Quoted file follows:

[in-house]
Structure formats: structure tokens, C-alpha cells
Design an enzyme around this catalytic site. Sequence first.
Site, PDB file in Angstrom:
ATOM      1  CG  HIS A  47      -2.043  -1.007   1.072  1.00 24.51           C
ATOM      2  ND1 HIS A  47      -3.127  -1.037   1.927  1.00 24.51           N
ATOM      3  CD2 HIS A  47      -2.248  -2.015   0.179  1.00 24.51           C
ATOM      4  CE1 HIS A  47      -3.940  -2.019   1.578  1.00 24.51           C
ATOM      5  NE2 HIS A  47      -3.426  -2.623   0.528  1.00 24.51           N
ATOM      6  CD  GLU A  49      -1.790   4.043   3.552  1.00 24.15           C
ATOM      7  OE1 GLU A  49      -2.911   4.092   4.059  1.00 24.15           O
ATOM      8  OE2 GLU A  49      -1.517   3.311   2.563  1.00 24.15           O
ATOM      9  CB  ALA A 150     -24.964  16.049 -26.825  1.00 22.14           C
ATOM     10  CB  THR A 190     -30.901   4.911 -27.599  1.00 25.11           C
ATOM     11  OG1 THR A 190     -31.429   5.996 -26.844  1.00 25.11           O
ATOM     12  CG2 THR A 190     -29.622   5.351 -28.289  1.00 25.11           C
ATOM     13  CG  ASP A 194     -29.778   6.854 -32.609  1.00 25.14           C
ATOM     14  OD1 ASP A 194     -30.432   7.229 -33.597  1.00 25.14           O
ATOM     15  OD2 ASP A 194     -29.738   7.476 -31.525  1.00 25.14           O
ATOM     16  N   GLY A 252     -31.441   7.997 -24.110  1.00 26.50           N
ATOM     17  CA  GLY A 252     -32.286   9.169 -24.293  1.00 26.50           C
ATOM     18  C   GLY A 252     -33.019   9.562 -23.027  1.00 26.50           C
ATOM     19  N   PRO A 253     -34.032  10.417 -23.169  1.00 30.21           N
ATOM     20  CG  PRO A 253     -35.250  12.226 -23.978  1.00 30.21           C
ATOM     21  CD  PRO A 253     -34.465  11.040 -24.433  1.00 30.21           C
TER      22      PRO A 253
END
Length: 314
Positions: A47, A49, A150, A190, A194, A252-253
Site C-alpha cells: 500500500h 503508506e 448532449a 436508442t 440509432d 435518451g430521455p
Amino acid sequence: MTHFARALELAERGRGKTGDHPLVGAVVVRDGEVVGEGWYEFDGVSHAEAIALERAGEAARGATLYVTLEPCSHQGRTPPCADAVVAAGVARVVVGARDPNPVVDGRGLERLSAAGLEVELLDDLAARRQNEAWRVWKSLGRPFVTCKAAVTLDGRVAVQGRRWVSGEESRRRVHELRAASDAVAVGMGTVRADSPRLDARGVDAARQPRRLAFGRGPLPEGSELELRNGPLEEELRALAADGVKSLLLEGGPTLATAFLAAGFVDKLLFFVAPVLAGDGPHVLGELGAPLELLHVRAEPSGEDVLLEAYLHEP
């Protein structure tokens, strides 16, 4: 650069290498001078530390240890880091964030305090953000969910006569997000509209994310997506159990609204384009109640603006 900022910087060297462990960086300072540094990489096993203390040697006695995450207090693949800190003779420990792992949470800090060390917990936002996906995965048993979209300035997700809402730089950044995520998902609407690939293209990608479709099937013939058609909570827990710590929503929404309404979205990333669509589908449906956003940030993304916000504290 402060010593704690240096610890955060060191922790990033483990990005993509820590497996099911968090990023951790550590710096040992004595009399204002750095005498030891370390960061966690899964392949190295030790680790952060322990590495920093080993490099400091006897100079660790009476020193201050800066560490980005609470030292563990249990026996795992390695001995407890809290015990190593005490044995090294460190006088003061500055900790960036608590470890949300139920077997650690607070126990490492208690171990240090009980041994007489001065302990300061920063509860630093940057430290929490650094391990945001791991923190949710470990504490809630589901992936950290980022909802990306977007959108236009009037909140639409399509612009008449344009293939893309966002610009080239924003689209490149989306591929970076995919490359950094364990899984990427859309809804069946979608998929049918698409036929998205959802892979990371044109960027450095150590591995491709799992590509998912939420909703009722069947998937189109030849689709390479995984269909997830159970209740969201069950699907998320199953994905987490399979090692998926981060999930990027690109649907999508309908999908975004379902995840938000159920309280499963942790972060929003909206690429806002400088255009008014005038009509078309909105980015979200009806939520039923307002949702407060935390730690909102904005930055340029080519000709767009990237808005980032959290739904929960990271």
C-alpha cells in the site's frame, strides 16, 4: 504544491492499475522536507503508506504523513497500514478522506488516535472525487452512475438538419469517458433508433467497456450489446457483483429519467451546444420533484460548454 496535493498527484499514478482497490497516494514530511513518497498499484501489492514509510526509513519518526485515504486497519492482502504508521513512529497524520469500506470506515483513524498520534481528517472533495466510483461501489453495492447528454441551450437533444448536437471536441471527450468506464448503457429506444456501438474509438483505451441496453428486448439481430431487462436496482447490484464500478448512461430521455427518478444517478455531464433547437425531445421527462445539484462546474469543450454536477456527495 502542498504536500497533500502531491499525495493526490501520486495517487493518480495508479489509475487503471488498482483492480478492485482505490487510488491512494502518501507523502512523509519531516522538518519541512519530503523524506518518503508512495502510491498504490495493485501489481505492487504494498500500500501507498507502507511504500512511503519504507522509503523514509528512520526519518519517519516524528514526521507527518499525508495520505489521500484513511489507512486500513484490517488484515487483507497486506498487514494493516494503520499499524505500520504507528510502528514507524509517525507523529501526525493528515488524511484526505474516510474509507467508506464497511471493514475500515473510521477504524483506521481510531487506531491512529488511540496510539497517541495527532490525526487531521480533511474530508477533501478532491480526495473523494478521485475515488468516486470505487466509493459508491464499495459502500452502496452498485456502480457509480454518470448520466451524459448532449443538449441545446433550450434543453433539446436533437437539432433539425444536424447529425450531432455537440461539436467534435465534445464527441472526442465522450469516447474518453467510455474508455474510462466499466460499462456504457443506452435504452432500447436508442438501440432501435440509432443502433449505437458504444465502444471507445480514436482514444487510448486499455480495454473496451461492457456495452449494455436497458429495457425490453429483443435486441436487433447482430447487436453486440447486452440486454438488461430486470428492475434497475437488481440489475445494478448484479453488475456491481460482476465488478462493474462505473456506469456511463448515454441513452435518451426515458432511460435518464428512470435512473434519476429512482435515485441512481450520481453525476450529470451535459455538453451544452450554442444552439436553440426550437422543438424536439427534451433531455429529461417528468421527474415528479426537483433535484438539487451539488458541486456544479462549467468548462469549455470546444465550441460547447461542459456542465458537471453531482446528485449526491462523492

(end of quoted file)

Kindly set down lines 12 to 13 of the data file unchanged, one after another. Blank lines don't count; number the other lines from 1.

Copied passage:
ATOM      8  OE2 GLU A  49      -1.517   3.311   2.563  1.00 24.15           O
ATOM      9  CB  ALA A 150     -24.964  16.049 -26.825  1.00 22.14           C